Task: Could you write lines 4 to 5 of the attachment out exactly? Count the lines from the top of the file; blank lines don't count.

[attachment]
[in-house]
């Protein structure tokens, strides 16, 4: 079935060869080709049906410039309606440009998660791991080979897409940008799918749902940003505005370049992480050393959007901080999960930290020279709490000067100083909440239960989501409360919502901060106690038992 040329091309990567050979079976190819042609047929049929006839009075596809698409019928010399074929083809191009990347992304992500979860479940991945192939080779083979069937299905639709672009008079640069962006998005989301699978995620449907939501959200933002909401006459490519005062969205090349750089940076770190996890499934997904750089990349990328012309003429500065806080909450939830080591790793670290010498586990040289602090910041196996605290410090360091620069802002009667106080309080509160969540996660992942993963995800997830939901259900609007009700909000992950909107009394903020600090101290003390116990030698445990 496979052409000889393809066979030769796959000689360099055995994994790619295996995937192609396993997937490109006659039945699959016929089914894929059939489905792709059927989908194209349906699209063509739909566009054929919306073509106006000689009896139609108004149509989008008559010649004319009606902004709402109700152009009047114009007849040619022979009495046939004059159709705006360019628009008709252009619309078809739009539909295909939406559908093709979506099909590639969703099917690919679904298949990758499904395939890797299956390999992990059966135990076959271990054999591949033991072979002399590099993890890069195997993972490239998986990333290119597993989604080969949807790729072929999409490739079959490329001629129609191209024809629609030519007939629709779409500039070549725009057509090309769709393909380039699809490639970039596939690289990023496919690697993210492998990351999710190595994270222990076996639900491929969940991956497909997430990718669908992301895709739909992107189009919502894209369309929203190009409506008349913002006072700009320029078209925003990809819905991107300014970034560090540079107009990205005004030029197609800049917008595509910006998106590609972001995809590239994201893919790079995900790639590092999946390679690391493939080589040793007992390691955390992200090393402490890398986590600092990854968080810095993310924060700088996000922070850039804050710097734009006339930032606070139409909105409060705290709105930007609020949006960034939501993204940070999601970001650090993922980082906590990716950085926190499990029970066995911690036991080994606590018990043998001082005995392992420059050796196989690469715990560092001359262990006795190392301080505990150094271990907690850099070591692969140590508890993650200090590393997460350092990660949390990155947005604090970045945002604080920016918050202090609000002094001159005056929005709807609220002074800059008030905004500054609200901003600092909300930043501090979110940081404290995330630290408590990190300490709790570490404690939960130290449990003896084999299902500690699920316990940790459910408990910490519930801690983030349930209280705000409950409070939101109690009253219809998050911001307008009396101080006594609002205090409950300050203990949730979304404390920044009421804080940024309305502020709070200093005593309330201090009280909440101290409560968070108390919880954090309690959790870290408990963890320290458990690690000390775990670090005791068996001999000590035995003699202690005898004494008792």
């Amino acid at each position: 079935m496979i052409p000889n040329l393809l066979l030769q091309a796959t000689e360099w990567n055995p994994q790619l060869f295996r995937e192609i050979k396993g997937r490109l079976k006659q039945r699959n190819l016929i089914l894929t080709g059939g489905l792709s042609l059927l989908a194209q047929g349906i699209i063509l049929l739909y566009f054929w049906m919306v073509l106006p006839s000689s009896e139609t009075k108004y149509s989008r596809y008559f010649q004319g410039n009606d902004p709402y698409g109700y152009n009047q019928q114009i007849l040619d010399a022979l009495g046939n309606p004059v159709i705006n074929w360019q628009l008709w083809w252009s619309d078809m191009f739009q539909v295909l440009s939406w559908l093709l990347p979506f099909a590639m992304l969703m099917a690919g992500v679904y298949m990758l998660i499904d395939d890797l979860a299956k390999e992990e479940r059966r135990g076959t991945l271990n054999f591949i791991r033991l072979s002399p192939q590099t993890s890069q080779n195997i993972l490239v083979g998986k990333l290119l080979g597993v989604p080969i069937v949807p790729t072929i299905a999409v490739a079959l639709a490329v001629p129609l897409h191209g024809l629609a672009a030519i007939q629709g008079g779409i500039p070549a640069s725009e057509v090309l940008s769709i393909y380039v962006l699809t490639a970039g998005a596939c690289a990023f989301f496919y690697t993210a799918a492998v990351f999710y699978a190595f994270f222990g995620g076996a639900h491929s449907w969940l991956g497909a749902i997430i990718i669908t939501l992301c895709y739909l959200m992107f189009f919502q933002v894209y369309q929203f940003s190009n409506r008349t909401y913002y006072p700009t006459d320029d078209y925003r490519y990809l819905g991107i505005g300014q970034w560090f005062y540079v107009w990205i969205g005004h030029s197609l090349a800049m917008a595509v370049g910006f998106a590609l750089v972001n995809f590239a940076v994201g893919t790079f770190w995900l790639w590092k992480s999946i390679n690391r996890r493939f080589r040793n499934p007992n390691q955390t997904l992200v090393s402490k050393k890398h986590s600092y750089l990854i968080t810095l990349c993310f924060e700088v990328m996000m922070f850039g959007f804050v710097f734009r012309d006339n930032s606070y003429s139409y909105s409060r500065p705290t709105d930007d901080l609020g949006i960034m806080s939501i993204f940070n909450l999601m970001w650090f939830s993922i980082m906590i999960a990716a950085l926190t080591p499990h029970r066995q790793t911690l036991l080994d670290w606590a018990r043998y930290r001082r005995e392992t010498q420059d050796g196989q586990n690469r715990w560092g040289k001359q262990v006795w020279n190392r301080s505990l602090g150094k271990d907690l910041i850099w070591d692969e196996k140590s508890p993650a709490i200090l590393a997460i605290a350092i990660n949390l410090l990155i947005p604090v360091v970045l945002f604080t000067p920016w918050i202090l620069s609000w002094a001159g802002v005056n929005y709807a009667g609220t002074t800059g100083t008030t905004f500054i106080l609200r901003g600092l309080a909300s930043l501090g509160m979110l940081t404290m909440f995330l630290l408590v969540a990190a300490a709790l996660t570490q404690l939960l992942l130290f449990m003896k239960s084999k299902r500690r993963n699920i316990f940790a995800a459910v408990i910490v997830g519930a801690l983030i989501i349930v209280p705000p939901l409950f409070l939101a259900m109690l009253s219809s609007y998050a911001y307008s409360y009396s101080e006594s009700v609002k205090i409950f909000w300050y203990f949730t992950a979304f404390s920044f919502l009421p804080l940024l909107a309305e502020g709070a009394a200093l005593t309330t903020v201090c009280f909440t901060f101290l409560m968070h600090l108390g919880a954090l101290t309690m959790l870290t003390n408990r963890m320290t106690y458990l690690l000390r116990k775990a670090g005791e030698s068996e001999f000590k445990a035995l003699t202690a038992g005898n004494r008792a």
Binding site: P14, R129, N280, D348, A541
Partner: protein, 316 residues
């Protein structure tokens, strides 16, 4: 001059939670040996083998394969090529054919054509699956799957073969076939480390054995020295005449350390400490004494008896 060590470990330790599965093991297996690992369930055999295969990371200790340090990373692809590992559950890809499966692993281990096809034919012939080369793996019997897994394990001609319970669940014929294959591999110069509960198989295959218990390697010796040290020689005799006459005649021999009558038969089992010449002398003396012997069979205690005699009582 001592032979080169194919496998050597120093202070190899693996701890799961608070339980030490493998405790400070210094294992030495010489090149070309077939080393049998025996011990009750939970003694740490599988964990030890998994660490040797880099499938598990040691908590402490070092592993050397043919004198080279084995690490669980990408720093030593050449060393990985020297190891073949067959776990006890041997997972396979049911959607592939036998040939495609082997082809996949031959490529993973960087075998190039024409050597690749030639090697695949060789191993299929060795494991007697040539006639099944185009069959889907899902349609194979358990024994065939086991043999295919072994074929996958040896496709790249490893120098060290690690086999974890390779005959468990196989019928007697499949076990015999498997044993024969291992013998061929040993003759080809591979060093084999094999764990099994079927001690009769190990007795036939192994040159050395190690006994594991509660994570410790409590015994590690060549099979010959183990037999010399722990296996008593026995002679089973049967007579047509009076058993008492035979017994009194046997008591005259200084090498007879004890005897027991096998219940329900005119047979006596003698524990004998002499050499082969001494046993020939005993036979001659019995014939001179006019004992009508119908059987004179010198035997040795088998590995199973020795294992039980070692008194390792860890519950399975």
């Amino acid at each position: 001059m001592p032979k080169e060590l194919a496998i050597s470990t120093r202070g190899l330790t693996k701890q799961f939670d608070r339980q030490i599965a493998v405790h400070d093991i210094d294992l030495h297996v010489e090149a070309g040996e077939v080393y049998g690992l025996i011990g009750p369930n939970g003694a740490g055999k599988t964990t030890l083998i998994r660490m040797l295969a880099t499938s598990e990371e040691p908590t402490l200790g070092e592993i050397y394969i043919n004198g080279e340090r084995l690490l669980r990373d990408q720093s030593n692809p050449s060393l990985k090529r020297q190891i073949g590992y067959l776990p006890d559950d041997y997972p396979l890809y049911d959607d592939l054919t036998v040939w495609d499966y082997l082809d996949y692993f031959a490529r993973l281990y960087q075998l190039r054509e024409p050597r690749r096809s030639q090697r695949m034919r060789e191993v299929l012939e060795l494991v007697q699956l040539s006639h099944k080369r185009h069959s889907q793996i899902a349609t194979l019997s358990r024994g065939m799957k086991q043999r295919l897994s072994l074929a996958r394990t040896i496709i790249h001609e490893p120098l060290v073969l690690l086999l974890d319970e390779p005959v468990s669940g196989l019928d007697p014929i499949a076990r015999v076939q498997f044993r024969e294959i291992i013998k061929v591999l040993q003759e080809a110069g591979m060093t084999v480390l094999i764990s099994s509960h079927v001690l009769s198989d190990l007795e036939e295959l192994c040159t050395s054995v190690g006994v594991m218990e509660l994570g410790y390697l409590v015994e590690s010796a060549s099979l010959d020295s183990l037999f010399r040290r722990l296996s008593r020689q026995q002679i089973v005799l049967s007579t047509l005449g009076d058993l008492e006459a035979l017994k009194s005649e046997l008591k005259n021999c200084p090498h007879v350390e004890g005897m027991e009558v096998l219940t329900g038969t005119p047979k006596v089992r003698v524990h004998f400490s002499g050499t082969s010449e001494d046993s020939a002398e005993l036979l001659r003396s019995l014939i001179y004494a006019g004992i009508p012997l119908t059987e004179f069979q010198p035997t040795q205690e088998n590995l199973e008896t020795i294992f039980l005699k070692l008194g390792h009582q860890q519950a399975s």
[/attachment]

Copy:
Binding site: P14, R129, N280, D348, A541
Partner: protein, 316 residues